PUSD began exploring the idea of establishing a military institute almost a year ago when representatives with the city and Lt. Col. Denver Tate with the California Cadet Corps were contacted by representatives of Gov. Brown’s office expressing interest in establishing such schools around the state.
Through the efforts of City Manager John Lollis, then Mayor Ron Irish, Councilman Pete McCracken and others, a visit to Porterville took place in January, Snavely said.
“In that initial visit, we discovered that Gov. Brown was, and remains, interested in replicating the very successful Oakland Military Institute that he established while serving as Mayor of the City of Oakland,” Snavely said. “It quickly became evident that Porterville had been identified by state level officials as a potential site because of its well established culture of patriotism and the Porterville Unified School District’s on-going success with its Cadet Corps program.”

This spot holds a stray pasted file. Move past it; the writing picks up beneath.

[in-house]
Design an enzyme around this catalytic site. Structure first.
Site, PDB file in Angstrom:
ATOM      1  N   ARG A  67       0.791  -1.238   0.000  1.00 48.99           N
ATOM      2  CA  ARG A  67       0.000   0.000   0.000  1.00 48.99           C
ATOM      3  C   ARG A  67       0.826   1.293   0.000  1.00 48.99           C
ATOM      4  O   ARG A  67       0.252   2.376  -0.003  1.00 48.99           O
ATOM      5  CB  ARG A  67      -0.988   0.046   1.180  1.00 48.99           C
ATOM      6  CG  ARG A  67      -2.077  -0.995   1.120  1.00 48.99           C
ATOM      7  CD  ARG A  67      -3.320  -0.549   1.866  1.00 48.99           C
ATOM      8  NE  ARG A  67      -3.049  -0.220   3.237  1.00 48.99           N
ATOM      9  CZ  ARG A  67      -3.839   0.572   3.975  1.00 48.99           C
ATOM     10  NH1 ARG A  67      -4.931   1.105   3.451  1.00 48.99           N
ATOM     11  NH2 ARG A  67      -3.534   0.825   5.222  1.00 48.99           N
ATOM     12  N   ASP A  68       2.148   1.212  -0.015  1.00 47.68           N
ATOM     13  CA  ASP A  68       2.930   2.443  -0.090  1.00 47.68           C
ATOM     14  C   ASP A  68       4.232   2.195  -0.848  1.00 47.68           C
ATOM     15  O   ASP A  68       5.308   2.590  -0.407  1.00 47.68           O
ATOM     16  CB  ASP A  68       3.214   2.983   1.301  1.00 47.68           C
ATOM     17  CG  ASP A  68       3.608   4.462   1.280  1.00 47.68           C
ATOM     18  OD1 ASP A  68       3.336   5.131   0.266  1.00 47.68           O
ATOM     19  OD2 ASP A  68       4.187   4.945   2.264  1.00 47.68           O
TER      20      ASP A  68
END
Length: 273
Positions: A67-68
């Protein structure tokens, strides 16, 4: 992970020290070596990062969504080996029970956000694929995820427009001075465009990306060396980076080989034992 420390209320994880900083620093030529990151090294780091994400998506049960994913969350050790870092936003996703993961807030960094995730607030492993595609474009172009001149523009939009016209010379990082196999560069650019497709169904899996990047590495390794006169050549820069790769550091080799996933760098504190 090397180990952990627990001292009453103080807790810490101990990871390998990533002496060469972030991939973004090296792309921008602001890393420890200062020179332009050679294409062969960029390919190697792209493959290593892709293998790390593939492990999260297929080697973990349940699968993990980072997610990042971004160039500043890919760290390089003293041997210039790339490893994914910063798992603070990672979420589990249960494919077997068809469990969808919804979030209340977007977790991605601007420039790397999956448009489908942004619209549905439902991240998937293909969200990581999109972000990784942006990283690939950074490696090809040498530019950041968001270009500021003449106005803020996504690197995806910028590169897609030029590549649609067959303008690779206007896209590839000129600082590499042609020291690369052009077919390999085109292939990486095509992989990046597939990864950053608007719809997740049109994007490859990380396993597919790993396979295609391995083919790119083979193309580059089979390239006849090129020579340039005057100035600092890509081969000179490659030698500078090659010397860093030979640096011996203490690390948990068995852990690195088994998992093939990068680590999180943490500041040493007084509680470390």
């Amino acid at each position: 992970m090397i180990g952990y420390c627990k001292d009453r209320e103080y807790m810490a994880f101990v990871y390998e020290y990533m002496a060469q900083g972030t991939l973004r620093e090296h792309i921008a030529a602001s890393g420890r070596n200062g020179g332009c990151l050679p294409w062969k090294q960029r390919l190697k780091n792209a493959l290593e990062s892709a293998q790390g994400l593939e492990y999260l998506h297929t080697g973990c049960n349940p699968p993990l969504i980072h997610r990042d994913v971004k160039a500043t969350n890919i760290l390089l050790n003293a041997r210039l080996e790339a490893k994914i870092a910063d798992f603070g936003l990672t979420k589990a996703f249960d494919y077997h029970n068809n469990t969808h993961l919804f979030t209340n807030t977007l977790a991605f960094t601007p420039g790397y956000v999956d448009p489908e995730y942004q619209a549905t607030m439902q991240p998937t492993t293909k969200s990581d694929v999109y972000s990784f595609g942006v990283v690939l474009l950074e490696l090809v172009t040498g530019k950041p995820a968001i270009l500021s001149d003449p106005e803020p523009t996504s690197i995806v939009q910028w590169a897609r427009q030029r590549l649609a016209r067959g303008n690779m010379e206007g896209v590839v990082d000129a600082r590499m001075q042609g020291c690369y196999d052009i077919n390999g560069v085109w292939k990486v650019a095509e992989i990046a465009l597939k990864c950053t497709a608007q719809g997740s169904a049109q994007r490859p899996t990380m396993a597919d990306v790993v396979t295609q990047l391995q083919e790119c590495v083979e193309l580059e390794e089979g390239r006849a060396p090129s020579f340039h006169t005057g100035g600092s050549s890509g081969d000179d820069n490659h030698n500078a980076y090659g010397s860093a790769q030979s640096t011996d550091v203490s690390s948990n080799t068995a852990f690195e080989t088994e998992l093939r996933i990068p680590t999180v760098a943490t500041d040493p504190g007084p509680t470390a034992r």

PUSD was able to demonstrate that not only did it have the capacity, culture and desire to establish a military institute, but also had a building and grounds well suited to the specific needs of such a unique school. At that time, it was believed the Governor’s Office might be able to assist with funding such a facility. However, with recent state budget developments, the option no longer exists.
“While the idea remains viable, the outside support has evaporated,” Snavely said. “Now we have the opportunity to continue down this path and control our own destiny.”